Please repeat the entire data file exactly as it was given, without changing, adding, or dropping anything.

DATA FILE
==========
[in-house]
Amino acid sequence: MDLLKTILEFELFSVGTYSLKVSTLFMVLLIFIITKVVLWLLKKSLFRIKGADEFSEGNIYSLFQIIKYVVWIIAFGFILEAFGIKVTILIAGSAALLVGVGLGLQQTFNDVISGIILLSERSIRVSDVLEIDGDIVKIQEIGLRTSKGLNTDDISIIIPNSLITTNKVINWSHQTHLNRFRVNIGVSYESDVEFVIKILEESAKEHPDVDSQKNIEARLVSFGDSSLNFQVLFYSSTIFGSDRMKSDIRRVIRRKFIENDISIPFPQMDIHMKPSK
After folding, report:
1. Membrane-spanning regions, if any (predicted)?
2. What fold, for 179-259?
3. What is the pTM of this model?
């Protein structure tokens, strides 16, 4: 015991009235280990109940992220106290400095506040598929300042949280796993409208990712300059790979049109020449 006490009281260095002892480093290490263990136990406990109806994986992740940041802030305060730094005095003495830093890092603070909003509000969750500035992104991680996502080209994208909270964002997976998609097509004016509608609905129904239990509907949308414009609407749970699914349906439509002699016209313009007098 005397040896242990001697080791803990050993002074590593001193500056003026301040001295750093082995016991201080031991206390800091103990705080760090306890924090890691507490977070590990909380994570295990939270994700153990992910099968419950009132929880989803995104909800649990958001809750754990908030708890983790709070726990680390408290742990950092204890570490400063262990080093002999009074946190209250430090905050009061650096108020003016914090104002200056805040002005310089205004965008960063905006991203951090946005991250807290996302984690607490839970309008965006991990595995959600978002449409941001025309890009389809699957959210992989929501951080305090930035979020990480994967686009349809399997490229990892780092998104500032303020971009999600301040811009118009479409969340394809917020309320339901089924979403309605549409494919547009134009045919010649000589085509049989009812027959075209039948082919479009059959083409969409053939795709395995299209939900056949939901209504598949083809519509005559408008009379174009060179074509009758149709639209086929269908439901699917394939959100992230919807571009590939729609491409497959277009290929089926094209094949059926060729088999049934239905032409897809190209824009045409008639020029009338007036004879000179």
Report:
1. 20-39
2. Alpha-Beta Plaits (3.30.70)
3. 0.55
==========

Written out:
[in-house]
Amino acid sequence: MDLLKTILEFELFSVGTYSLKVSTLFMVLLIFIITKVVLWLLKKSLFRIKGADEFSEGNIYSLFQIIKYVVWIIAFGFILEAFGIKVTILIAGSAALLVGVGLGLQQTFNDVISGIILLSERSIRVSDVLEIDGDIVKIQEIGLRTSKGLNTDDISIIIPNSLITTNKVINWSHQTHLNRFRVNIGVSYESDVEFVIKILEESAKEHPDVDSQKNIEARLVSFGDSSLNFQVLFYSSTIFGSDRMKSDIRRVIRRKFIENDISIPFPQMDIHMKPSK
After folding, report:
1. Membrane-spanning regions, if any (predicted)?
2. What fold, for 179-259?
3. What is the pTM of this model?
């Protein structure tokens, strides 16, 4: 015991009235280990109940992220106290400095506040598929300042949280796993409208990712300059790979049109020449 006490009281260095002892480093290490263990136990406990109806994986992740940041802030305060730094005095003495830093890092603070909003509000969750500035992104991680996502080209994208909270964002997976998609097509004016509608609905129904239990509907949308414009609407749970699914349906439509002699016209313009007098 005397040896242990001697080791803990050993002074590593001193500056003026301040001295750093082995016991201080031991206390800091103990705080760090306890924090890691507490977070590990909380994570295990939270994700153990992910099968419950009132929880989803995104909800649990958001809750754990908030708890983790709070726990680390408290742990950092204890570490400063262990080093002999009074946190209250430090905050009061650096108020003016914090104002200056805040002005310089205004965008960063905006991203951090946005991250807290996302984690607490839970309008965006991990595995959600978002449409941001025309890009389809699957959210992989929501951080305090930035979020990480994967686009349809399997490229990892780092998104500032303020971009999600301040811009118009479409969340394809917020309320339901089924979403309605549409494919547009134009045919010649000589085509049989009812027959075209039948082919479009059959083409969409053939795709395995299209939900056949939901209504598949083809519509005559408008009379174009060179074509009758149709639209086929269908439901699917394939959100992230919807571009590939729609491409497959277009290929089926094209094949059926060729088999049934239905032409897809190209824009045409008639020029009338007036004879000179």
Report:
1. 20-39
2. Alpha-Beta Plaits (3.30.70)
3. 0.55